Stauprimide

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Stauprimide
Stauprimide.svg
Ball-and-stick model of the stauprimide molecule
Names
IUPAC name
N-[(2S,3R,4R,6R)-3-Methoxy-2-methyl-16,18-dioxo-29-oxa-1,7,17-triazaoctacyclo[12.12.2.12,6.07,28.08,13.015,19.020,27.021,26]nonacosa-8,10,12,14,19,21,23,25,27-nonaen-4-yl]-N-methylbenzamide
Identifiers
154589-96-5 YesY
ChemSpider 24606051
Jmol-3D images Image
Properties
C35H28N4O5
Molar mass 584.62 g·mol−1
Except where noted otherwise, data is given for materials in their standard state (at 25 °C (77 °F), 100 kPa)
Infobox references

Stauprimide is a semi-synthetic analog of the staurosporine family of indolocarbazoles. Stauprimide was first published in 1994 as part of an extensive structure-activity investigation to improve the selective inhibition of protein kinase C as a potential antitumor agent.[1] More recently, stauprimide has been shown to increase the efficiency of the directed differentiation of mouse and human embryonic stem cells in synergy with defined extracellular signaling cues. Stauprimide interacts with NME2 (PUF) transcription factor to down-regulate c-Myc expression, leading to differentiation of stem cells.[2]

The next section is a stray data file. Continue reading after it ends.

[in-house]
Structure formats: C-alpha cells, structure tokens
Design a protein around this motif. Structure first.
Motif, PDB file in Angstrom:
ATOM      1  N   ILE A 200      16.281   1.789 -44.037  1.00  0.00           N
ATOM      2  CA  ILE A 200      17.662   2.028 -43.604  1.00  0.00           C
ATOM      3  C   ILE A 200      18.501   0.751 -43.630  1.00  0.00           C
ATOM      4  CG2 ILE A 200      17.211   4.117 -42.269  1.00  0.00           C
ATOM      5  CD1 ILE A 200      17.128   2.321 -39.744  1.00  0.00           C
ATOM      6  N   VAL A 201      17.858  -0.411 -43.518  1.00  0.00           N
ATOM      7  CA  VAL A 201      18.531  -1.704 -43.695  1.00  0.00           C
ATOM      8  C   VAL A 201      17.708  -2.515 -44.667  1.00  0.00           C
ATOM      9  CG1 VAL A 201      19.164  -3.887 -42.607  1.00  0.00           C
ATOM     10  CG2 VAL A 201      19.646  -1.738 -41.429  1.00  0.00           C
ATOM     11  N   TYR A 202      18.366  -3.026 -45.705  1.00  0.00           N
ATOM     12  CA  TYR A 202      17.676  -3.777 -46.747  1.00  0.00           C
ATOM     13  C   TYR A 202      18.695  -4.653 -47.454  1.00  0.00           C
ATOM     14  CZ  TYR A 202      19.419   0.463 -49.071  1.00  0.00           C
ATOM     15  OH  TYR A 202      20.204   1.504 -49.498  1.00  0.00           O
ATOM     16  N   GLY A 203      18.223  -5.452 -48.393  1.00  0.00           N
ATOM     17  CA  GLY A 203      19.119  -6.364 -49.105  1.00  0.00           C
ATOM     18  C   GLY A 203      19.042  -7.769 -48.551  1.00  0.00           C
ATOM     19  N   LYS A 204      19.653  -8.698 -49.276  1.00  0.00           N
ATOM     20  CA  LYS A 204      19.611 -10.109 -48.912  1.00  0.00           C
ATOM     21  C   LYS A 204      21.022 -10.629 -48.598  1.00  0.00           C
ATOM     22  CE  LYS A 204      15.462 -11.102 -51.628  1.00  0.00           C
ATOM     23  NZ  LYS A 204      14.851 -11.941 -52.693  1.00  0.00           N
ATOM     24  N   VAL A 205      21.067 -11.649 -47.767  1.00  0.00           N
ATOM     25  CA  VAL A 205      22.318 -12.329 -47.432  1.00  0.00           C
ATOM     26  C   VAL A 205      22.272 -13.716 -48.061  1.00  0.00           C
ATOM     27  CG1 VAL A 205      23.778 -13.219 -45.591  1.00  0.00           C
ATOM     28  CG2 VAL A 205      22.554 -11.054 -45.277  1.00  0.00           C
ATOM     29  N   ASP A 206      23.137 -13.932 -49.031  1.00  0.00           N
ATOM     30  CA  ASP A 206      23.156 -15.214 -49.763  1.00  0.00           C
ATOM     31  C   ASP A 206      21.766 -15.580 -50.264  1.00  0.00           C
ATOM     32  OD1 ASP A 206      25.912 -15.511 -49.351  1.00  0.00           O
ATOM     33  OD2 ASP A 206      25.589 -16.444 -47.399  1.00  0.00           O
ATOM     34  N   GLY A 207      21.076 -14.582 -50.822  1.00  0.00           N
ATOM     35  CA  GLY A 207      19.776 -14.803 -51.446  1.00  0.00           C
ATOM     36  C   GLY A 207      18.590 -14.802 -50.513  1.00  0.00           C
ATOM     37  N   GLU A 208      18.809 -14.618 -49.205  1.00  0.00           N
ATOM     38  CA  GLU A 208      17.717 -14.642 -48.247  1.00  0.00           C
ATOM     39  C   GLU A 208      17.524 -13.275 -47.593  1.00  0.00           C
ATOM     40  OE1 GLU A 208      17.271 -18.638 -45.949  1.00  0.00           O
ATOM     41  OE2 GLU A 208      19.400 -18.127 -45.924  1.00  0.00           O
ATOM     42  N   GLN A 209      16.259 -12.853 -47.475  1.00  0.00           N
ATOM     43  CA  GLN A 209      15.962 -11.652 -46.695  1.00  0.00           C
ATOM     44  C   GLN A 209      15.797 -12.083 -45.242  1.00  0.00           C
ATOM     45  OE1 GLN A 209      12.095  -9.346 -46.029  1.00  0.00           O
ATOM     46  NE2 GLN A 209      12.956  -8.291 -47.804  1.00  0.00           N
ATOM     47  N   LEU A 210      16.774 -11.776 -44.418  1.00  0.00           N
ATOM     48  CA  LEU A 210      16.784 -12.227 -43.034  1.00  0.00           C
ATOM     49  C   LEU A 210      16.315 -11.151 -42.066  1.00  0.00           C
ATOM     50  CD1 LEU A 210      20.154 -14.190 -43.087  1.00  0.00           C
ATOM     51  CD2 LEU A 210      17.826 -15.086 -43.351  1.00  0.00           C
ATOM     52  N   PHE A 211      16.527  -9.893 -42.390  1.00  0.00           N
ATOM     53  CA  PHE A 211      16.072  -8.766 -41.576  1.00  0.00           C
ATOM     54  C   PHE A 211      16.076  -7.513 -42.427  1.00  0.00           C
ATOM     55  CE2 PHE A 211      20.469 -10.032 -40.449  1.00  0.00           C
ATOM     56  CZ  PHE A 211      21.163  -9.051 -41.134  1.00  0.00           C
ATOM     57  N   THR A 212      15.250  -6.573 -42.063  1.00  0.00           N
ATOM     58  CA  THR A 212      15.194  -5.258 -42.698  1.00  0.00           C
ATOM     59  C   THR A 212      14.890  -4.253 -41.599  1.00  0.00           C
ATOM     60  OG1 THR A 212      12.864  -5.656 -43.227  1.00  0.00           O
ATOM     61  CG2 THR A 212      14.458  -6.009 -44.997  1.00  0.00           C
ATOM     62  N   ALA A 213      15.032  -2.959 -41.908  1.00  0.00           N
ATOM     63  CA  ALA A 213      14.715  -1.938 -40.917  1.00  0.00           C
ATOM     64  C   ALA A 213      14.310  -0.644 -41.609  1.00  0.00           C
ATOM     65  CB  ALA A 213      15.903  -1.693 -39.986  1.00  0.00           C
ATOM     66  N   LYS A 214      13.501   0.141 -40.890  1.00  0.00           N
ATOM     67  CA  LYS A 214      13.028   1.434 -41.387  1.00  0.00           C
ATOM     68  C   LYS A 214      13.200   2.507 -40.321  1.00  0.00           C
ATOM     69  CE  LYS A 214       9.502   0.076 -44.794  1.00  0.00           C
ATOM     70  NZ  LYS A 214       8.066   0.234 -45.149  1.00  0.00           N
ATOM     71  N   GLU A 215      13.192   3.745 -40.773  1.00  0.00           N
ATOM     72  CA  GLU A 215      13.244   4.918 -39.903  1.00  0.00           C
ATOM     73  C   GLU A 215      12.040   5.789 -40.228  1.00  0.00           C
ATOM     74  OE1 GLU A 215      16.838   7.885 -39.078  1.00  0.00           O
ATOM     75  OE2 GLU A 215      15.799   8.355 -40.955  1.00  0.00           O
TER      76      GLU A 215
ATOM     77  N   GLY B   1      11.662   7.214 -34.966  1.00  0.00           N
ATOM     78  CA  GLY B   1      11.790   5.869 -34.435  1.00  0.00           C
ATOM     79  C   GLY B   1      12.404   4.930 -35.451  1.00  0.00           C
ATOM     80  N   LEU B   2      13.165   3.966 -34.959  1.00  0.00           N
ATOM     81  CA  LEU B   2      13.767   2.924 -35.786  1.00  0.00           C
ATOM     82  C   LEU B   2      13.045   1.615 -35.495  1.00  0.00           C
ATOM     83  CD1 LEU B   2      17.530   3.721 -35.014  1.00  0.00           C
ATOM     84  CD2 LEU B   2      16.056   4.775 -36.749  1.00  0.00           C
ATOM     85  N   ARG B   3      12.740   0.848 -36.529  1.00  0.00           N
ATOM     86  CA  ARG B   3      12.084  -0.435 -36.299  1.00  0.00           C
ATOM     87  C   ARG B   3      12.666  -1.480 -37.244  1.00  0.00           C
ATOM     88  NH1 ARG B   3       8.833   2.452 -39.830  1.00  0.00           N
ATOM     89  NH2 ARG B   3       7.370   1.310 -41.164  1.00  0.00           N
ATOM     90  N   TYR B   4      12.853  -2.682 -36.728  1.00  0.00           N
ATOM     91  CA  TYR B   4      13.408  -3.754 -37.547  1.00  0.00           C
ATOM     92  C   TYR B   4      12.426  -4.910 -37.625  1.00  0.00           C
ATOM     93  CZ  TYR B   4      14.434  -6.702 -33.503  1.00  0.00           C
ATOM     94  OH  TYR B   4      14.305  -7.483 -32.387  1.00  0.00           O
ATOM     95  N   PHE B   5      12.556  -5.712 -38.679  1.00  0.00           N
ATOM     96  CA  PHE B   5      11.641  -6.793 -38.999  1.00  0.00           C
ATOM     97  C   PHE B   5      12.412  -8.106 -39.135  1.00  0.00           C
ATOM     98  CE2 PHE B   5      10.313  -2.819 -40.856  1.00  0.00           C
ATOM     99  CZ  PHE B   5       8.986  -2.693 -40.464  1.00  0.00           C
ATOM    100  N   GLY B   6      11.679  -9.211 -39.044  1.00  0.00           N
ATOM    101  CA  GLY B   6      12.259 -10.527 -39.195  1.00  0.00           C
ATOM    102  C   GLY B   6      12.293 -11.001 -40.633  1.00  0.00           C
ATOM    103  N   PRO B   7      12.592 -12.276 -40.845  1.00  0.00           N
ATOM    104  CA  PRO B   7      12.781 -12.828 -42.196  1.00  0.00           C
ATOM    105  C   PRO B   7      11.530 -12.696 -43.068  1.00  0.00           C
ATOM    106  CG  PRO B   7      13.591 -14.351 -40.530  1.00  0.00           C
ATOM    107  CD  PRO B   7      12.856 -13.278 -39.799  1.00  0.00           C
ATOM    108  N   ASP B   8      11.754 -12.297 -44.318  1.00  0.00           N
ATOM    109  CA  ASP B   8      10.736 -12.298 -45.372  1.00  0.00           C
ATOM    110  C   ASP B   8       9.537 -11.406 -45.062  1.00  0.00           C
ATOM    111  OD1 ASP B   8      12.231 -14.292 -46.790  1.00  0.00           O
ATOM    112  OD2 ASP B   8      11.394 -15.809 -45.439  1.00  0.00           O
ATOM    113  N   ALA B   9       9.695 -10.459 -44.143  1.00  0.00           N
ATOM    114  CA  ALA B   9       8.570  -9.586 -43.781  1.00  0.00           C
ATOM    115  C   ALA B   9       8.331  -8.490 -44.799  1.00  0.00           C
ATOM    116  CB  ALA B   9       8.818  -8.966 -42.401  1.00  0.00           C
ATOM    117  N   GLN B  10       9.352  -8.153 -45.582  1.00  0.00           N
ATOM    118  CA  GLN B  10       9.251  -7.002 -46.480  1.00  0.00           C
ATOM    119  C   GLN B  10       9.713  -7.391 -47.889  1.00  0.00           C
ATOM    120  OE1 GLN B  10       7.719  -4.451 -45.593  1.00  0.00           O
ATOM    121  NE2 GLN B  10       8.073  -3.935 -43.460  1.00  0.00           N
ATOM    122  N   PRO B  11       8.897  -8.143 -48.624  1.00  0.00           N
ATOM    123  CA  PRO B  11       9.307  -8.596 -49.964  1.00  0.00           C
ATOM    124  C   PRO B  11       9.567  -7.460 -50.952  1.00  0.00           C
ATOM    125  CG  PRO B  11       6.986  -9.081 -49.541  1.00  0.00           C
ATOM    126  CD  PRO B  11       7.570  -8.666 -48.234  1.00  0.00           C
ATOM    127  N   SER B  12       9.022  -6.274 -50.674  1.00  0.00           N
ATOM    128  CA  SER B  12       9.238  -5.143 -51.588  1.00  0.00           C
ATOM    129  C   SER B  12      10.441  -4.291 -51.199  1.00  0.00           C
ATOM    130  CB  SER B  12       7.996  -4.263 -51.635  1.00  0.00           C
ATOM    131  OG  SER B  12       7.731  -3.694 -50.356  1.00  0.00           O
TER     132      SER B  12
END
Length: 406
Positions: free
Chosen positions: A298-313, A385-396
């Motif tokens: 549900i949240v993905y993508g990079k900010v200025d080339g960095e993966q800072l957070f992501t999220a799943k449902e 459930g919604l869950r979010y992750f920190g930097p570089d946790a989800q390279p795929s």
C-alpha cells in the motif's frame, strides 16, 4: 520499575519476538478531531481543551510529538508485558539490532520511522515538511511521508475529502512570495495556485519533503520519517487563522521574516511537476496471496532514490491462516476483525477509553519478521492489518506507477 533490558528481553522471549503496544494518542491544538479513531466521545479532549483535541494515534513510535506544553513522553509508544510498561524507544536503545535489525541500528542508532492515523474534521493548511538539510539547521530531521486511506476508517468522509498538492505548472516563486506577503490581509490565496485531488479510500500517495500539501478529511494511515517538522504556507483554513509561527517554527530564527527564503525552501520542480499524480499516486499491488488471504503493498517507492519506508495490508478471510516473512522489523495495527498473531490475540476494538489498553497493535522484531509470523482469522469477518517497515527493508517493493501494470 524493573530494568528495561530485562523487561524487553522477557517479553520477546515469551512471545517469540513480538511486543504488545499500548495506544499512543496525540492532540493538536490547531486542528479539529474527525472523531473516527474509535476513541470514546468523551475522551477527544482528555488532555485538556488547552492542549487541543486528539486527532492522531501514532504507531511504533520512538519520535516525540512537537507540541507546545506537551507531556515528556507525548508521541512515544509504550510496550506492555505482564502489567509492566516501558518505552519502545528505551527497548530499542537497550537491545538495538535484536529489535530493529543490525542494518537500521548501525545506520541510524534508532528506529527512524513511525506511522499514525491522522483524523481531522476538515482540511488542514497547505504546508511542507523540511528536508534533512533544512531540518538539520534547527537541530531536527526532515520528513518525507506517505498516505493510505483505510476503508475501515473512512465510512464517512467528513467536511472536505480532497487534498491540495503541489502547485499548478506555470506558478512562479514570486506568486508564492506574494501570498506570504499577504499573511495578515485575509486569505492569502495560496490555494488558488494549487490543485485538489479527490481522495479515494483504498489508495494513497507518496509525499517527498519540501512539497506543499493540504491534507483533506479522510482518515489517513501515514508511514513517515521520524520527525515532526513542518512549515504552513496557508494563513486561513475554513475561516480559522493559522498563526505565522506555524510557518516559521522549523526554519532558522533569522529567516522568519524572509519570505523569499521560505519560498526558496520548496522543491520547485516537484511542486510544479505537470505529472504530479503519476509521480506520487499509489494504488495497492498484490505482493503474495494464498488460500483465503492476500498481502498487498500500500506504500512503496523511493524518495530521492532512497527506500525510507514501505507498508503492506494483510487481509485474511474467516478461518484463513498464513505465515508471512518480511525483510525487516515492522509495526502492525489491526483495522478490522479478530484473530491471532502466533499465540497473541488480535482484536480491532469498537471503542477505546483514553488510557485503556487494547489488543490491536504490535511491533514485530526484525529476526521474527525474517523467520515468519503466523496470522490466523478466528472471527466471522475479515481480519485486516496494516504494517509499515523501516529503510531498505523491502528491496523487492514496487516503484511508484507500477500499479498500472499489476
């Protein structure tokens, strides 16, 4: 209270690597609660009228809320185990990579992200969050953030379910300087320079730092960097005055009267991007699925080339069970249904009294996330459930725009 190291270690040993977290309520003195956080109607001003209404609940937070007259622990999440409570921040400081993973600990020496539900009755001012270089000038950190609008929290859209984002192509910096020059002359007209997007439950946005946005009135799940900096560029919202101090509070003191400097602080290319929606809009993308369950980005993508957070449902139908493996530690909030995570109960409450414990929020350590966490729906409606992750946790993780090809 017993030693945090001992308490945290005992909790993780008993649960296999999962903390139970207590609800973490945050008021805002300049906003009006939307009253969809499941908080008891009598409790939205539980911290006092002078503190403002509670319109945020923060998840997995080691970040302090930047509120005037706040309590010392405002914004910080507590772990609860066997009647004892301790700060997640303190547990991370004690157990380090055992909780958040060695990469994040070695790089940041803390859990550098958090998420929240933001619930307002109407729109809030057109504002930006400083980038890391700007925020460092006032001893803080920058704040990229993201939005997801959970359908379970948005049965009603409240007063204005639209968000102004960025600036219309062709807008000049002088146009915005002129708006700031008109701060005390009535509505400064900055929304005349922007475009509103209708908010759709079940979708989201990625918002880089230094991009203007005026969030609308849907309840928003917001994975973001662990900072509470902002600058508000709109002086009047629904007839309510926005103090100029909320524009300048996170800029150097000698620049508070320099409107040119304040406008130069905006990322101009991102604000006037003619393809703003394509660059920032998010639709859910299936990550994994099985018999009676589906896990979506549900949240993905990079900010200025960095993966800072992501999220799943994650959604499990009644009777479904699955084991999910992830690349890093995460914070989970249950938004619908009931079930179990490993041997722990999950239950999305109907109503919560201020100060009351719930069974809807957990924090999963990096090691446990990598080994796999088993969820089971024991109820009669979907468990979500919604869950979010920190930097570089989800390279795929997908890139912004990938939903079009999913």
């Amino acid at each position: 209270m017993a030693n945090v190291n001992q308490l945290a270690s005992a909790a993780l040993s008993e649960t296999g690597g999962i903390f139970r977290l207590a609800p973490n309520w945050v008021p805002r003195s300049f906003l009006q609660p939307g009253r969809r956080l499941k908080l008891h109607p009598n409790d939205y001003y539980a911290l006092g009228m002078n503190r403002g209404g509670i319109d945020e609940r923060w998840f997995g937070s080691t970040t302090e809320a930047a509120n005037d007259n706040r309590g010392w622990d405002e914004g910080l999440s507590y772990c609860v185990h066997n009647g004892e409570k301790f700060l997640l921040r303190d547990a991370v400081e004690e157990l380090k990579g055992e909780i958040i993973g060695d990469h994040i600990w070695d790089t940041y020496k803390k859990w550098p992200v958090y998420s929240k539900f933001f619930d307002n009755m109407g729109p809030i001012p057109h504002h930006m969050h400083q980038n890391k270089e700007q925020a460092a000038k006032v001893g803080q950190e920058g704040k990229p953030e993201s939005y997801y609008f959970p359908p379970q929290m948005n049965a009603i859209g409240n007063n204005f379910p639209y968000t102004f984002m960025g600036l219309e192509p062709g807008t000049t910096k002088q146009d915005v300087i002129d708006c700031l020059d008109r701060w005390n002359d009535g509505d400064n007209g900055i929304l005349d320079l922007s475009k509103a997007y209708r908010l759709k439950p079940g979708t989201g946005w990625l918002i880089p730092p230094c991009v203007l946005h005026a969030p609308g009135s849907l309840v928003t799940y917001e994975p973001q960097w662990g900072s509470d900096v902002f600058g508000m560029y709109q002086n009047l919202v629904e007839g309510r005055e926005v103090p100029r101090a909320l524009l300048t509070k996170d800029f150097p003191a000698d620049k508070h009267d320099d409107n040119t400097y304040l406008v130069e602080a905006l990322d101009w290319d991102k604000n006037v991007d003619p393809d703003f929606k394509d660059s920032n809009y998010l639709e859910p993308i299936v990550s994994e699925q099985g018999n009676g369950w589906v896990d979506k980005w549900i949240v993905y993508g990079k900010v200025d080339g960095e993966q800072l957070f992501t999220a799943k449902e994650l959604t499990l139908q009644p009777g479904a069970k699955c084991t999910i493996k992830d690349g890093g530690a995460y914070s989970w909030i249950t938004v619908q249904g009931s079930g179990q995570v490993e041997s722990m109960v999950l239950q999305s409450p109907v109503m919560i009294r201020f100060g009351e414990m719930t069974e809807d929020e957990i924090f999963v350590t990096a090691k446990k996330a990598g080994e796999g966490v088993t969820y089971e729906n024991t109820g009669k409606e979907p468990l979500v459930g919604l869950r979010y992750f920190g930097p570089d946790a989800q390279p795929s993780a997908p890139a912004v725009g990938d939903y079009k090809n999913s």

See also[edit]

References[edit]

  1. ^ Caravatti, Giorgio; Meyer, Thomas; Fredenhagen, Andreas; Trinks, Uwe; Mett, Helmut; Fabbro, Doriano (1994). "Inhibitory activity and selectivity of staurosporine derivatives towards protein kinase C". Bioorganic & Medicinal Chemistry Letters 4 (3): 399–404. doi:10.1016/0960-894X(94)80004-9. 
  2. ^ Zhu, S; Wurdak, H; Wang, J; Lyssiotis, CA; Peters, EC; Cho, CY; Wu, X; Schultz, PG (2009). "A small molecule primes embryonic stem cells for differentiation". Cell stem cell 4 (5): 416–26. doi:10.1016/j.stem.2009.04.001. PMID 19427291.